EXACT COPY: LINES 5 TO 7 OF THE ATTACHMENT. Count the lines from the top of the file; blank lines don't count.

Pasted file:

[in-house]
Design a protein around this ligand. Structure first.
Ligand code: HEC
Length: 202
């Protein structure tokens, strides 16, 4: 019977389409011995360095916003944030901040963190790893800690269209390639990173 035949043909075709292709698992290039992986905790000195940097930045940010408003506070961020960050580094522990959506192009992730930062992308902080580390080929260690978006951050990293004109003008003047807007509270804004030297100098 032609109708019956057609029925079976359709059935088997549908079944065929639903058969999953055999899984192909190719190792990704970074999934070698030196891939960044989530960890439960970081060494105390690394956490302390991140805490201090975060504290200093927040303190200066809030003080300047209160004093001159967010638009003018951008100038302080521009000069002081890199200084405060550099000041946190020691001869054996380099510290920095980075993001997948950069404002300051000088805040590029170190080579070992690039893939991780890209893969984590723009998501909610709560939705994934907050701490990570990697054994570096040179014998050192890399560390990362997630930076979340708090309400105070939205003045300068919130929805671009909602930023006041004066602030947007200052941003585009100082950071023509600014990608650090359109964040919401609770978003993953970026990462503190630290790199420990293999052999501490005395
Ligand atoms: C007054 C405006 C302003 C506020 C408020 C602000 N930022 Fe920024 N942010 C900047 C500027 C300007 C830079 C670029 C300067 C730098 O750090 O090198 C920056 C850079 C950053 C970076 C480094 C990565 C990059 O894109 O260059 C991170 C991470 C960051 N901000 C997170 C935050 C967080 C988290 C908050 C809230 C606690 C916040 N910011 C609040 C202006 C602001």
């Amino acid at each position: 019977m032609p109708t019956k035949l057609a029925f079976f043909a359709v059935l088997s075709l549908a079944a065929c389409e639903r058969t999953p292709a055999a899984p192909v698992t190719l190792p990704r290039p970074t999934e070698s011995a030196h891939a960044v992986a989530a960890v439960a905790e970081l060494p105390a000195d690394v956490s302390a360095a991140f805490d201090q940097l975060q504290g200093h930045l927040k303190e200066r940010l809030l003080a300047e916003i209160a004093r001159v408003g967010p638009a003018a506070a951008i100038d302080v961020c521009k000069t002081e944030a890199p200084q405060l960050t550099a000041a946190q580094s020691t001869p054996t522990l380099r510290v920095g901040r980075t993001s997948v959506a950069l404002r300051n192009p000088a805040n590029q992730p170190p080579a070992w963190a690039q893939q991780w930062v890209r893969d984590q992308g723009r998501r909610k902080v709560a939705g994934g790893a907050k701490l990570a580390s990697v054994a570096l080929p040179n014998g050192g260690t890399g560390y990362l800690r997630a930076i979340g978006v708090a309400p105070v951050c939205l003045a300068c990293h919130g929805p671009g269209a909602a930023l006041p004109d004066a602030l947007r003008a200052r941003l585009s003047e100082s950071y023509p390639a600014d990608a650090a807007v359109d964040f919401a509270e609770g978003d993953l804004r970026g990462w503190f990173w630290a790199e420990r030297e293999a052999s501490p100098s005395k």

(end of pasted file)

């Protein structure tokens, strides 16, 4: 019977389409011995360095916003944030901040963190790893800690269209390639990173 035949043909075709292709698992290039992986905790000195940097930045940010408003506070961020960050580094522990959506192009992730930062992308902080580390080929260690978006951050990293004109003008003047807007509270804004030297100098 032609109708019956057609029925079976359709059935088997549908079944065929639903058969999953055999899984192909190719190792990704970074999934070698030196891939960044989530960890439960970081060494105390690394956490302390991140805490201090975060504290200093927040303190200066809030003080300047209160004093001159967010638009003018951008100038302080521009000069002081890199200084405060550099000041946190020691001869054996380099510290920095980075993001997948950069404002300051000088805040590029170190080579070992690039893939991780890209893969984590723009998501909610709560939705994934907050701490990570990697054994570096040179014998050192890399560390990362997630930076979340708090309400105070939205003045300068919130929805671009909602930023006041004066602030947007200052941003585009100082950071023509600014990608650090359109964040919401609770978003993953970026990462503190630290790199420990293999052999501490005395
Ligand atoms: C007054 C405006 C302003 C506020 C408020 C602000 N930022 Fe920024 N942010 C900047 C500027 C300007 C830079 C670029 C300067 C730098 O750090 O090198 C920056 C850079 C950053 C970076 C480094 C990565 C990059 O894109 O260059 C991170 C991470 C960051 N901000 C997170 C935050 C967080 C988290 C908050 C809230 C606690 C916040 N910011 C609040 C202006 C602001």
């Amino acid at each position: 019977m032609p109708t019956k035949l057609a029925f079976f043909a359709v059935l088997s075709l549908a079944a065929c389409e639903r058969t999953p292709a055999a899984p192909v698992t190719l190792p990704r290039p970074t999934e070698s011995a030196h891939a960044v992986a989530a960890v439960a905790e970081l060494p105390a000195d690394v956490s302390a360095a991140f805490d201090q940097l975060q504290g200093h930045l927040k303190e200066r940010l809030l003080a300047e916003i209160a004093r001159v408003g967010p638009a003018a506070a951008i100038d302080v961020c521009k000069t002081e944030a890199p200084q405060l960050t550099a000041a946190q580094s020691t001869p054996t522990l380099r510290v920095g901040r980075t993001s997948v959506a950069l404002r300051n192009p000088a805040n590029q992730p170190p080579a070992w963190a690039q893939q991780w930062v890209r893969d984590q992308g723009r998501r909610k902080v709560a939705g994934g790893a907050k701490l990570a580390s990697v054994a570096l080929p040179n014998g050192g260690t890399g560390y990362l800690r997630a930076i979340g978006v708090a309400p105070v951050c939205l003045a300068c990293h919130g929805p671009g269209a909602a930023l006041p004109d004066a602030l947007r003008a200052r941003l585009s003047e100082s950071y023509p390639a600014d990608a650090a807007v359109d964040f919401a509270e609770g978003d993953l804004r970026g990462w503190f990173w630290a790199e420990r030297e293999a052999s501490p100098s005395k």